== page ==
[44] While our analysis of the δ18O tracer budget places new quantitative constraints on the LGM Ψ/κ ratio, we would also like to place the results in the context of glacial-interglacial CO2 variability. The Harvardton Bears box models highlighted the interdependence of nutrient utilization in the Southern Ocean and deep overturning rate in setting atmospheric pCO2 [Knox and McElroy, 1984; Sarmiento and Toggweiler, 1984; Siegenthaler and Wenk, 1984]. Less vigorous circulation and lower preformed nutrient concentrations for southern source deep water both work to lower atmospheric carbon dioxide levels. Toggweiler [1999] refined the Havardton Bears by parsing the deep ocean's role into overturning rate and the efficiency of mixing between southern and northern component deep waters. Slower overturning works to lower pCO2, but carbon and nutrients are brought into contact with the atmosphere if the two deep waters mix efficiently because northern component waters flow back to the North Atlantic via the shallow circulation (in his model at least). Reducing mixing between the deep water masses makes the southern cell a more efficient carbon trap. A lower κ allows for smaller changes in overturning strength and/or nutrient utilization to produce the same lowering of atmospheric pCO2. In this sense, the results from our δ18O budget may provide an important clue as to how the glacial deep ocean was involved in lowering atmospheric carbon dioxide levels.

5. Conclusions

[45] The δ18O of benthic foraminifera in the deep Atlantic show the presence of a water mass boundary at a depth of 2 km during the LGM, defined by a δ18O value of approximately 4.4‰. The boundary appears to outline the spatial domain of AABW and allows for the creation of a conservative tracer budget based on δ18O. Our approach accounts for transport of δ18O into the South Atlantic and vertical mixing of δ18O across the upper boundary of AABW. The δ18O budget yields reasonable estimates of AABW flow for the modern, giving us confidence that the budget captures the key factors that influence δ18O in the ocean interior, namely tracer transport and tracer diffusion. For the LGM, we find that the ratio of transport to vertical mixing (Ψ/κ) was at least twice as large as today. Either the transport was greater, the vertical mixing less, or some combination of these two factors. We suggest that the increase in Ψ/κ is most easily explained by reduced vertical mixing. Today, the water mass boundary between northern and southern component waters is located at approximately 4000 m water depth, whereas at the LGM the boundary was near 2000 m. The decrease in vertical mixing over this water depth range in the modern Atlantic (3–10 times) [Polzin et al., 1997; Ganachaud and Wunsch, 2000] is broadly consistent with the implied decrease during the LGM.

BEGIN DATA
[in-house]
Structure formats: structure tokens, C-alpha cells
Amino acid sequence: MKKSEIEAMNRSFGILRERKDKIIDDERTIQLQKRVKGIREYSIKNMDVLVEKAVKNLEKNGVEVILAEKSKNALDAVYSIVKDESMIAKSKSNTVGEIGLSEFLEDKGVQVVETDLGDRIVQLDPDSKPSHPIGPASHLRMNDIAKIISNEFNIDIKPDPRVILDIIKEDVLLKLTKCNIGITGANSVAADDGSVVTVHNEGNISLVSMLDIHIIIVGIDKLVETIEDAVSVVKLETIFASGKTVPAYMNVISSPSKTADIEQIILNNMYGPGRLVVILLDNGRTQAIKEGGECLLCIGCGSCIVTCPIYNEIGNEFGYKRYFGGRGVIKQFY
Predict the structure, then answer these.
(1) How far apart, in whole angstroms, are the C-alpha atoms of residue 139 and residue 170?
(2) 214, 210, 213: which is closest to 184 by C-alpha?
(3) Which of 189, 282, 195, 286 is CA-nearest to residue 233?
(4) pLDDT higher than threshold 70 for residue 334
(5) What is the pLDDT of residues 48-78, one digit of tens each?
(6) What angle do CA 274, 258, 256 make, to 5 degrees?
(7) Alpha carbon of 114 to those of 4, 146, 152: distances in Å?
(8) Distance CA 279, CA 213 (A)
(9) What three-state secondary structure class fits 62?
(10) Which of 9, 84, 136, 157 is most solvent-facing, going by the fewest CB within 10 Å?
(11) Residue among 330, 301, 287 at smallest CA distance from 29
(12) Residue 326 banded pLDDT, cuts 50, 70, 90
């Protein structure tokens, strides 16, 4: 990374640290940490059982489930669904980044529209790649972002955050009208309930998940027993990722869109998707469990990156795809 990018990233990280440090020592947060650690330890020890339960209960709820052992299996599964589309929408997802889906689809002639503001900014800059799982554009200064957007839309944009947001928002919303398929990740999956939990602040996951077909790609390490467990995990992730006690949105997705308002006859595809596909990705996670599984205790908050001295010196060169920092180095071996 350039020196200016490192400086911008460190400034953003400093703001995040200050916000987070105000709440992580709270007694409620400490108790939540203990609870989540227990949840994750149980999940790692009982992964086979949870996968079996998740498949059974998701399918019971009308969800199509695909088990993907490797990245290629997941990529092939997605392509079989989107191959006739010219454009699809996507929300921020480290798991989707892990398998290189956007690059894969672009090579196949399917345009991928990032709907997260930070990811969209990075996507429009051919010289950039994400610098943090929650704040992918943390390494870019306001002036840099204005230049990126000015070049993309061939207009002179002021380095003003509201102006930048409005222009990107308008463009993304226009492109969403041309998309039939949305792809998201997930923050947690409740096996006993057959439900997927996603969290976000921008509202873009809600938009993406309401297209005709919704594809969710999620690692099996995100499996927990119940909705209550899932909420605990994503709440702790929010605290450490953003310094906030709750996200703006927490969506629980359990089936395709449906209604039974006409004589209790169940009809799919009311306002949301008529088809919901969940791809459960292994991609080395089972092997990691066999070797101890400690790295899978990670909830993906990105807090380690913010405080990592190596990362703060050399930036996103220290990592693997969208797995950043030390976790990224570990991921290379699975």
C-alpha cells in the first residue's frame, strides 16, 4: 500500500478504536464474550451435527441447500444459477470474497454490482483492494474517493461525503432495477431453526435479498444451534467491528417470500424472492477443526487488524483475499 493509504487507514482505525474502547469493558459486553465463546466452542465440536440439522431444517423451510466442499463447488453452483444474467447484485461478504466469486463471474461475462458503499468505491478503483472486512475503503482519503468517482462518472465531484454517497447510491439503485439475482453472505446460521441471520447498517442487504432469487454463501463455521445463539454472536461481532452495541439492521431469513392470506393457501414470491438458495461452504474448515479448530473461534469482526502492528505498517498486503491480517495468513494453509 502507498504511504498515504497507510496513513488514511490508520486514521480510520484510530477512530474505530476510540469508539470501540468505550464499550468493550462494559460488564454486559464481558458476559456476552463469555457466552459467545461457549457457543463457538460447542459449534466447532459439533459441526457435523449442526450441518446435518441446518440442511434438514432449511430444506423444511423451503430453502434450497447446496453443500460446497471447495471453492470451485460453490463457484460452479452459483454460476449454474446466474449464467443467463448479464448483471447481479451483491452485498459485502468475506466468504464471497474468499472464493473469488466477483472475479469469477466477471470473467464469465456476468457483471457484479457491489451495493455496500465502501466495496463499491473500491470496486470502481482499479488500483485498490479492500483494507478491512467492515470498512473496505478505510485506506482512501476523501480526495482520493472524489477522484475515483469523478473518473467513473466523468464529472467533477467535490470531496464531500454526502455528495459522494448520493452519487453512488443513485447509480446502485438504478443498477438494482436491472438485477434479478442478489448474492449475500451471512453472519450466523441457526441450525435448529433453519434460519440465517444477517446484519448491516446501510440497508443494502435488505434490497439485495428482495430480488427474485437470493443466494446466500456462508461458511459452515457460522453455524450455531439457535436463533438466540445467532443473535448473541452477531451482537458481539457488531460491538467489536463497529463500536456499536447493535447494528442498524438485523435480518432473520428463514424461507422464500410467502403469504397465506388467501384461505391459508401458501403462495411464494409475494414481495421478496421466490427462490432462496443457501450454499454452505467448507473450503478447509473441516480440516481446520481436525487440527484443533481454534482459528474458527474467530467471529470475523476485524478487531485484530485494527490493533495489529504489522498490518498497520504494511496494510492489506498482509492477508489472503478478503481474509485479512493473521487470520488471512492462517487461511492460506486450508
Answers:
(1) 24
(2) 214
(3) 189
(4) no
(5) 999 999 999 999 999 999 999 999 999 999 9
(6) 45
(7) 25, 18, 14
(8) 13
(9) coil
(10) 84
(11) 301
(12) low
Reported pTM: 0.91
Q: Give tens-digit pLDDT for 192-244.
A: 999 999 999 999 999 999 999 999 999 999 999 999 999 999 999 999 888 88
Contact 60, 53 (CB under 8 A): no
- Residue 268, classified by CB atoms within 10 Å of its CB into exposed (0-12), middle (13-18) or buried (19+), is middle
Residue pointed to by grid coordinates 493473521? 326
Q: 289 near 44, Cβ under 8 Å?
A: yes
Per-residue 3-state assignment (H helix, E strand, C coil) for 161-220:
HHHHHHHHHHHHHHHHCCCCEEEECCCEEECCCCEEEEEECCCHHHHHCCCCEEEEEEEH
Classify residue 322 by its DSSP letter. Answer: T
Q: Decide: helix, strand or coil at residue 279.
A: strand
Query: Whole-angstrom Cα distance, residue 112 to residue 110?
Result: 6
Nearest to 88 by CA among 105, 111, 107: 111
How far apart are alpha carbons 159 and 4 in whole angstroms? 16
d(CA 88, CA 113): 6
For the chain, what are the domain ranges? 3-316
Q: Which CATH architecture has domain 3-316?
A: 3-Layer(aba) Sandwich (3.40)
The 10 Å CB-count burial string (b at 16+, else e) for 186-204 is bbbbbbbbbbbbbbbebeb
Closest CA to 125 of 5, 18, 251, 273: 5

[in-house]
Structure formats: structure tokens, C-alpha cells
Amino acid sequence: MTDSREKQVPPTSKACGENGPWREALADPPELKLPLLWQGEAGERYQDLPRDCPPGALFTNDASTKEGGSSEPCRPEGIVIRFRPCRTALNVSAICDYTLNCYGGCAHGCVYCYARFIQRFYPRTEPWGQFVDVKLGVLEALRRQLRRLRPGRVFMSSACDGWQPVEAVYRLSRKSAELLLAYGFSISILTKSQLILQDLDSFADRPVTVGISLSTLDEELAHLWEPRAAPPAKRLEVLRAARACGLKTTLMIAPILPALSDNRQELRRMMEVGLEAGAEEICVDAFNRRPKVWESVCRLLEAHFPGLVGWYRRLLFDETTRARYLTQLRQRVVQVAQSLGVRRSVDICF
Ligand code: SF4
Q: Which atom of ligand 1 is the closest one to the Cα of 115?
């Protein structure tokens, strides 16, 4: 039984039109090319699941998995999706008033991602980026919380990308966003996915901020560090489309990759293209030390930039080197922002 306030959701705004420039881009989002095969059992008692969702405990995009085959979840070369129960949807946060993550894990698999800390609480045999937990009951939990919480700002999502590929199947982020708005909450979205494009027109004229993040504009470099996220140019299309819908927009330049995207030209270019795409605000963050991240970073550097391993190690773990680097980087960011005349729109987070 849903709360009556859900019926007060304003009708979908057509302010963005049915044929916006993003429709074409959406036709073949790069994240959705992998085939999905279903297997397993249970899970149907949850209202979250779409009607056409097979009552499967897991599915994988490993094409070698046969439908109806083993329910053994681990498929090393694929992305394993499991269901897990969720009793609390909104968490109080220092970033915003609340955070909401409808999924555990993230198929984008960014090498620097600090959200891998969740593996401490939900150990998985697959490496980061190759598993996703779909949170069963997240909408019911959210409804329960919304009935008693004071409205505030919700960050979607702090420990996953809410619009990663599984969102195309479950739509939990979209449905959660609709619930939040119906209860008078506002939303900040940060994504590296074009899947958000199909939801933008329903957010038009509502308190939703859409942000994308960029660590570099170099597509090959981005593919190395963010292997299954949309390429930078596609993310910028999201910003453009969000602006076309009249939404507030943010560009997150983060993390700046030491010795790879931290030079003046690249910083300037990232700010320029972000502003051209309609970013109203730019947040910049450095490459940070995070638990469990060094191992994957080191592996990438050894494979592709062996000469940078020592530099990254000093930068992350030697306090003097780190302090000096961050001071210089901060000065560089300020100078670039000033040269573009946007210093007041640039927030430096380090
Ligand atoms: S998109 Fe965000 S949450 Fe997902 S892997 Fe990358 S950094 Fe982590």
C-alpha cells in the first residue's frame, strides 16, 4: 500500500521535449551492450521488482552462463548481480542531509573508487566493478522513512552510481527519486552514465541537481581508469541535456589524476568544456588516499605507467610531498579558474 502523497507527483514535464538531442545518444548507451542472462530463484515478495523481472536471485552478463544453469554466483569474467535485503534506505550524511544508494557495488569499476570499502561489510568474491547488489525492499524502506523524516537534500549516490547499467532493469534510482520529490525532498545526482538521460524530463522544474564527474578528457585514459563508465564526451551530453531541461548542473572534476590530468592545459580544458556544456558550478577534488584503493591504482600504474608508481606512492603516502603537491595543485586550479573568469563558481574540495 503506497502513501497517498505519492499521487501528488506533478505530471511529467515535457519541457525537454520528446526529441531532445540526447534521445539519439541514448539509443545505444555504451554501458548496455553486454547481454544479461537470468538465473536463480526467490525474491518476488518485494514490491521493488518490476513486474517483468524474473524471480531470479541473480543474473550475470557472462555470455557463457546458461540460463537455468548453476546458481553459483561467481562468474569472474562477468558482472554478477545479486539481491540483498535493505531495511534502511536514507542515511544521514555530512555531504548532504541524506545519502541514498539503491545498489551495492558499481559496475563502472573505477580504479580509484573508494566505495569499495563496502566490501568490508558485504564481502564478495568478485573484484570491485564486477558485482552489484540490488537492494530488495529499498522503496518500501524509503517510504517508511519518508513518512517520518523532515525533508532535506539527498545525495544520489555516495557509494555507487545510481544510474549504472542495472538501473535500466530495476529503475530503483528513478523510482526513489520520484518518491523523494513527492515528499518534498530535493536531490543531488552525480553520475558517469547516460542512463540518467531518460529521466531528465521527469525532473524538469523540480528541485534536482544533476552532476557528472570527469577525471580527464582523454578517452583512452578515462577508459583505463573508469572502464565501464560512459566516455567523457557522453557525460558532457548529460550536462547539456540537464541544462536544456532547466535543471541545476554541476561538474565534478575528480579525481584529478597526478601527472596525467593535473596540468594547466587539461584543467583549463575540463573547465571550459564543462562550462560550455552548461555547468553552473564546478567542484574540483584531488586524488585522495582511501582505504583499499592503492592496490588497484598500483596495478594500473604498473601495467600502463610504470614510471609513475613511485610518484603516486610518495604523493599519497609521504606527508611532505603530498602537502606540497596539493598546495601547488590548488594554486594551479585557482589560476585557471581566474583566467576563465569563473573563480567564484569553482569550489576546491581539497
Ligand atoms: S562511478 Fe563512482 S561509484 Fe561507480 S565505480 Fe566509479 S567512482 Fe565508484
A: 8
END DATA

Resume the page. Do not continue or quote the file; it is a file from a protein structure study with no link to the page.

[46] Box-model experiments invoke limited AABW ventilation and vertical mixing to sequester atmospheric carbon dioxide during the LGM [Toggweiler, 1999]. In this scenario, reduced exchange between abyssal and deep water promotes the accumulation of respired CO2. If reduced vertical mixing at the upper lid of AABW sequestered significant quantities of carbon during glacial times, it should be observed outside the Atlantic Ocean as well. Preliminary δ18O evidence from the Indian [Kallel et al., 1988] and Pacific [Herguera et al., 1992] show an apparent water mass boundary at 2 km water depth, suggesting the vertical diffusivity may have been reduced on global basis. Sequestration in the abyssal ocean during glacial times also requires minimal leakage of carbon dioxide from the Southern Ocean to the atmosphere. Sea-ice coverage and stratification are other key factors that control Southern Ocean outgassing, yet there is little agreement on how the processes change on glacial-interglacial timescales [Sigman and Boyle, 2000; Keeling and Stephens, 2001].

[47] Our approach demonstrates that the abyssal Ψ/κ ratio can be constrained using a simple tracer budget and traditional oxygen stable isotope data. Because transport and vertical mixing also influence δ13C, it is likely that the strong δ13C gradient in the glacial Atlantic was driven in part by reduced mixing between northern and southern component waters. The δ13C data also suggest that remineralization may influence the evolution of the δ13C profiles from south to north. In theory, we can combine the δ13C and δ18O data to quantify the relative influence of transport, mixing, and remineralization in the abyssal Atlantic. Understanding these parameters is key to understanding the ocean's role in glacial-interglacial CO2 cycles, and will be a priority for future refinements to the tracer budget approach. In addition, it will be essential to construct new high-fidelity profiles of δ13C and δ18O to test whether the results we present here are representative of the Atlantic basin as a whole.

Appendix A:: Derivation of the Zonally Averaged Tracer Equation

[48] The evolution of the concentration of a generic tracer c released into the ocean is governed by the advection-diffusion equation,

equation image